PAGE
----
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Opinions on This Basement Floor Assembly

rsackiw | Posted in Green Building Techniques on

Hi All,
I have an old cabin with an unfinished basement that I would like to finish. It is basically a 3 season cabin up north, Zone 7a with no heat except a pellet stove and fireplace. The is no insulation under the floor, and the basement is normally dry, but it is on the bottom of a hill, so in the spring with the snow run off, there is a bit of water that comes in between the floor and the walls, and runs toward the sump pit. Lots of clay in the soil so I think it is just a matter of it not being able to move under the floor to the sump pit fast enough, and that is why it leaks in.
I was thinking of putting down delta fl as a vapour barrier and to give the water a channel to travel across the floor. Then 1 1/2″ rigid foam on top. T&G OSB on top of that and finally vinyl plank. Now my question is, Do I need to use 2×4 sleepers and place foam sheets between them? or can I use continuous foam across the floor with just the OSB? I have also seen some people recommend 1×3 strapping across the top of the foam with the osb on that. Basically I am worried that the water heater and pellet stove would compress the foam too much. Other than that the area will just be a games room, with chairs and couches. So nothing else will be heavy enough to cause concern. Or any better ideas? Thanks in advance.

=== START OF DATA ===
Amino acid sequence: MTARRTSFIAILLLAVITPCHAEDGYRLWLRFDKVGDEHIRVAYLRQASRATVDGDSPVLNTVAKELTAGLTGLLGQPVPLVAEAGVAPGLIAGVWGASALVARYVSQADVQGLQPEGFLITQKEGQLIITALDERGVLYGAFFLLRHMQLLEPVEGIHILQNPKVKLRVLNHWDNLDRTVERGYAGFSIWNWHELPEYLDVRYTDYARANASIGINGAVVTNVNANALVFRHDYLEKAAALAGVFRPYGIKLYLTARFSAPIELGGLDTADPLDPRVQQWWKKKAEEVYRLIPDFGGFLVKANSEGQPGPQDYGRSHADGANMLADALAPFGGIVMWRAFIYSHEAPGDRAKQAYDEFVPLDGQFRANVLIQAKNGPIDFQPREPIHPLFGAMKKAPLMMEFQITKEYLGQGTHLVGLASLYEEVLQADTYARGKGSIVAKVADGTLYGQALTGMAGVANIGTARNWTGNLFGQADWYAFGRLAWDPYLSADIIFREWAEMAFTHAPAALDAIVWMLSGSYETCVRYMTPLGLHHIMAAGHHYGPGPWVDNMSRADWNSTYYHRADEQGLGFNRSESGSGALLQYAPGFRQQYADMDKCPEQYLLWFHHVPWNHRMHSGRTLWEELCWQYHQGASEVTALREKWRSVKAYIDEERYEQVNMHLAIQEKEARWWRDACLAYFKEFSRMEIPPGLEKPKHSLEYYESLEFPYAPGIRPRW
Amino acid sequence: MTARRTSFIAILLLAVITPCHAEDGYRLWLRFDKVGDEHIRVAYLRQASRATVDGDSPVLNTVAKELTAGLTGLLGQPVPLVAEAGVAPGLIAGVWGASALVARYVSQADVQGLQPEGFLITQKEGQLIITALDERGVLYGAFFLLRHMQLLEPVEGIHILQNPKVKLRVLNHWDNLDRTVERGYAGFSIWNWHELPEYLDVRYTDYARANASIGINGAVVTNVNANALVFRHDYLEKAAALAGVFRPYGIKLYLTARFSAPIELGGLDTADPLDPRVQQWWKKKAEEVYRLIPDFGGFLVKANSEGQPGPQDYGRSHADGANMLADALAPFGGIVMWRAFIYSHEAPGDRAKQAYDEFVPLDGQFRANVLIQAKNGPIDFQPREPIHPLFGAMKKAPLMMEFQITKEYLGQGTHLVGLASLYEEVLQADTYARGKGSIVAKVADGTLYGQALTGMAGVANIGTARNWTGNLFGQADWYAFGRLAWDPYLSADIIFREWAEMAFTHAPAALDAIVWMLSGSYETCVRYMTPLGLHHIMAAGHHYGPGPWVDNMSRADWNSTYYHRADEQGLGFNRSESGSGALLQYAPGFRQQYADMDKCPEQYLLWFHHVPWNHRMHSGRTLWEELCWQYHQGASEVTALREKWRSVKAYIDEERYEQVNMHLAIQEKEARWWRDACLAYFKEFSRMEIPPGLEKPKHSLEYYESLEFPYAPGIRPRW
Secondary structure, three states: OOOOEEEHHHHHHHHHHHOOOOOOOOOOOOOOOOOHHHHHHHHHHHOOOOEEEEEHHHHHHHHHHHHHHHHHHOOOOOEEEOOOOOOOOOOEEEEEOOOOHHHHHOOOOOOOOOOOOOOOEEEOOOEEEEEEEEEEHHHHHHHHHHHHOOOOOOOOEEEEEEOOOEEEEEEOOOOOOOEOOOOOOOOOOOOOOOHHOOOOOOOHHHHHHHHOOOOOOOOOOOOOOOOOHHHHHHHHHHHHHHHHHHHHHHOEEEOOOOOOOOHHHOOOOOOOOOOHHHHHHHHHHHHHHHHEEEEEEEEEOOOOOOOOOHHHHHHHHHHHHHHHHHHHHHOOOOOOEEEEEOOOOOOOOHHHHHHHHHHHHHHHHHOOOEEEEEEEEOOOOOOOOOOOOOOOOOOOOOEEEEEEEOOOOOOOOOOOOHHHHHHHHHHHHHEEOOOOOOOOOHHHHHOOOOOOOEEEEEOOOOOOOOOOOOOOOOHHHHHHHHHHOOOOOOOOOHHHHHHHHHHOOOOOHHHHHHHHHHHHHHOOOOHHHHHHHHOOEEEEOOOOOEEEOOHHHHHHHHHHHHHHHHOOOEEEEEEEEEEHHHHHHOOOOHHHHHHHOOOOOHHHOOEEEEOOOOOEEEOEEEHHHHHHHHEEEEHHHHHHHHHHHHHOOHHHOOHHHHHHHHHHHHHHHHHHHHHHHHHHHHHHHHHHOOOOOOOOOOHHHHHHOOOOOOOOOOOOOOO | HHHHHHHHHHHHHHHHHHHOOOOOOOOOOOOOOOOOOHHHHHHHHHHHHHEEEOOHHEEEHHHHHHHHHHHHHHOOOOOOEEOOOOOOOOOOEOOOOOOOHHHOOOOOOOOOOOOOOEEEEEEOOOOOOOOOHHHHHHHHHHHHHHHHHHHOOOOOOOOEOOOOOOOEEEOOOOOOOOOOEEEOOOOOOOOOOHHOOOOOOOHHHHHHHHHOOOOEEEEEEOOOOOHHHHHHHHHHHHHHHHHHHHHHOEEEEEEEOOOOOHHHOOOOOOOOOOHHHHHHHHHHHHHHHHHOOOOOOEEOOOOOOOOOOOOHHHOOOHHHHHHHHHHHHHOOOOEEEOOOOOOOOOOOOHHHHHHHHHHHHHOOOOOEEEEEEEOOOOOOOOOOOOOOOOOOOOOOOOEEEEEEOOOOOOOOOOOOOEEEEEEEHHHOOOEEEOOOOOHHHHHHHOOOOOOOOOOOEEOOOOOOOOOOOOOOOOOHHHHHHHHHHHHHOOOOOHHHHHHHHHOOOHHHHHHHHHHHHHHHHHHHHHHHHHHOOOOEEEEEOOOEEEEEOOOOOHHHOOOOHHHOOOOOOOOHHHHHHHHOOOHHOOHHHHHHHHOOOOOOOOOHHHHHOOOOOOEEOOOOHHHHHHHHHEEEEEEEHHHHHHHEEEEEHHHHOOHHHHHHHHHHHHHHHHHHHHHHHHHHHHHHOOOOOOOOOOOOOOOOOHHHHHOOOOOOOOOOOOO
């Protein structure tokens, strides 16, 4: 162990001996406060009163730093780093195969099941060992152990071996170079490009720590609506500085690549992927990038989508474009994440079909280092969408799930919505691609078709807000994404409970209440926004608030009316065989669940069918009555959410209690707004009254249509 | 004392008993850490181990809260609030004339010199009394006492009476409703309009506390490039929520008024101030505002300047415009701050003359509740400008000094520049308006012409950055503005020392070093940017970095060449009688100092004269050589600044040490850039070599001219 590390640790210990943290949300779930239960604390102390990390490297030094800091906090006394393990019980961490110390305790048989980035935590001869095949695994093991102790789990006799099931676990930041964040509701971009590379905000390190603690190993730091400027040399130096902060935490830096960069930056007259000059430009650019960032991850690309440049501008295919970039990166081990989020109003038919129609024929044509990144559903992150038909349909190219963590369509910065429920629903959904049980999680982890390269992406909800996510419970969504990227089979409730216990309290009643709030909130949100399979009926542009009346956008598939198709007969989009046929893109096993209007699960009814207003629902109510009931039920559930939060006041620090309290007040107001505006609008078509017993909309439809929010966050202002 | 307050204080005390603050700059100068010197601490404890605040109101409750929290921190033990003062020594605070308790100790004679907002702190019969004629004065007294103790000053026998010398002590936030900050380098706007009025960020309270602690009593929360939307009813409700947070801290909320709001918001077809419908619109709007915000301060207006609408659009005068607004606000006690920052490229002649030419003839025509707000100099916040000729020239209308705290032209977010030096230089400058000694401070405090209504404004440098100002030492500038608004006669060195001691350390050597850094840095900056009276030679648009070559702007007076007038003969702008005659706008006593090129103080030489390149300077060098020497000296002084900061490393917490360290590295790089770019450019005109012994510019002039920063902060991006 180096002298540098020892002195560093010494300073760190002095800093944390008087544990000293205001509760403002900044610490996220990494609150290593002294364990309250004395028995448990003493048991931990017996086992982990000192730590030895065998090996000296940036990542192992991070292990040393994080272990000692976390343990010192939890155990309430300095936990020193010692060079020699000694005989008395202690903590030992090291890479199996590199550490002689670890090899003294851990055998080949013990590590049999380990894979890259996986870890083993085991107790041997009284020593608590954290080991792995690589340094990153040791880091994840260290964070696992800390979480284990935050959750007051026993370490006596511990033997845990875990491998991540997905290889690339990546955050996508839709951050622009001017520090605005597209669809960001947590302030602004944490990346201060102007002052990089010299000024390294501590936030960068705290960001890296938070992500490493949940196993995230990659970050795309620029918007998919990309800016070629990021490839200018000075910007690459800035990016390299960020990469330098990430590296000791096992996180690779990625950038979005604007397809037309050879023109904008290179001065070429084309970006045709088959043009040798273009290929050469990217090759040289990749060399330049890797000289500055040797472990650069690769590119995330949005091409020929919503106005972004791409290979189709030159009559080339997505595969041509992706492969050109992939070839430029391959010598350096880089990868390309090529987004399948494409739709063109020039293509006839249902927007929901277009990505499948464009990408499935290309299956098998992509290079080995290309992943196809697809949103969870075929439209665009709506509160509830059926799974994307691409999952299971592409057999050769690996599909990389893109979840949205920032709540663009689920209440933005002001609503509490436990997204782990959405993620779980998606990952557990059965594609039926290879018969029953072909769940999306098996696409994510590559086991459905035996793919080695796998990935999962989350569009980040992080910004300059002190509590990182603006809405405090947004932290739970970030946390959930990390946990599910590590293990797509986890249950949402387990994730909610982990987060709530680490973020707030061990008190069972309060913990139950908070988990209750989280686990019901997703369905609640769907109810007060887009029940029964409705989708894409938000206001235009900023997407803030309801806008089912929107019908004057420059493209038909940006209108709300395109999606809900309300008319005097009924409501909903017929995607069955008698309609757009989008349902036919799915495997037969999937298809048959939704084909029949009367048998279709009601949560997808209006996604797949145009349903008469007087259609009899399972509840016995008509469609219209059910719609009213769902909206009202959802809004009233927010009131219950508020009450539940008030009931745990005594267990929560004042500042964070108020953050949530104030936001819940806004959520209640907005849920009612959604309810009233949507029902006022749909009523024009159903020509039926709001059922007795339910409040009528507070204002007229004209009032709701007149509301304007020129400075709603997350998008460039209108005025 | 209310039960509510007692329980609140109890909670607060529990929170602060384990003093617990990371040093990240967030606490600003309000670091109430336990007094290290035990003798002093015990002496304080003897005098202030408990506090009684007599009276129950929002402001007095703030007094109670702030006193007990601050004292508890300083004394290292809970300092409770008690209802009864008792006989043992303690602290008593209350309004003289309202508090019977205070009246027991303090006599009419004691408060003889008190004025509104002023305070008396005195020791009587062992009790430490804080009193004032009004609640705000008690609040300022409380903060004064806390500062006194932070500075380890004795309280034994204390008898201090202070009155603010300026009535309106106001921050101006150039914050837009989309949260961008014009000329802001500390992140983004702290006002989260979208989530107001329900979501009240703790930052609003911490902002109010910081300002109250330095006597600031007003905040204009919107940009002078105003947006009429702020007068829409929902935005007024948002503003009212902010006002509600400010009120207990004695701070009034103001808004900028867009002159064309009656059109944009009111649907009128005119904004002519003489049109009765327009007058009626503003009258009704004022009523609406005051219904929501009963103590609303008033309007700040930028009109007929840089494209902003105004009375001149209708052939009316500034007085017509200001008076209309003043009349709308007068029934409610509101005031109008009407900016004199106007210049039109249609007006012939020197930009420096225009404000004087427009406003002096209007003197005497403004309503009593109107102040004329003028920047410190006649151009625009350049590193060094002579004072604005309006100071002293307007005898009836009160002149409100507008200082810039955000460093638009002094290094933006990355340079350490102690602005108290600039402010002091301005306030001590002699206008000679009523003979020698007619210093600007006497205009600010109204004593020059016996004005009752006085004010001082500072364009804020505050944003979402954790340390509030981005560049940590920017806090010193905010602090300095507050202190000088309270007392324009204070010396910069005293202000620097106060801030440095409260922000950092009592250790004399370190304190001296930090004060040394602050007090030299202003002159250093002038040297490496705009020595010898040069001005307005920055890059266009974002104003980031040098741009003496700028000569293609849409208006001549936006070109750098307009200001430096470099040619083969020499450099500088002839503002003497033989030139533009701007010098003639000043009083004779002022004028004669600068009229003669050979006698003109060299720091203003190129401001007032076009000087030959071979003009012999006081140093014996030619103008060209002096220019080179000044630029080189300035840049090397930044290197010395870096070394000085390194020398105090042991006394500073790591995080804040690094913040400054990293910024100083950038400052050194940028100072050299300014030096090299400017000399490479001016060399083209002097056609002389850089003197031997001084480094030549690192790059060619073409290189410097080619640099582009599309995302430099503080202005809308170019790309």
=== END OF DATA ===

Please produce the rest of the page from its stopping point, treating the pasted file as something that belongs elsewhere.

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Replies

  1. plumb_bob | | #1

    What about interior foundation perimeter drainage? The water could then be directed from these new drain pipes to your existing sump.

  2. Expert Member
    Dana Dorsett | | #2

    In zone 7A insulating the basement floor of an intermittently heated basement increases the odds of plumbing freeze up.

    Any dimple-mat underlayment under the foam would allow the water to find it's level. With any reasonable subfloor above the pressure on the foam at any dimple would not exceed it's elastic limits.

    There is no point to using sleepers under the foam & subfloor. With double-layer of half-inch OSB glued & nailed/screwed together with staggered seams it can even be floated, with no mechanical fasteners to the slab. With a single layer of OSB it needs be secured to the slab with masonry screws or it will develop "potato chipping" curl as the humidity content of the OSB shifts with the seasons (or tide).

  3. rsackiw | | #3

    Basically cost, this is a remote cabin. Hard to get anyone in to do work in remote places like this. Which is why I am trying to do the finishing myself. And a perimeter drain is more than I would like to take on.

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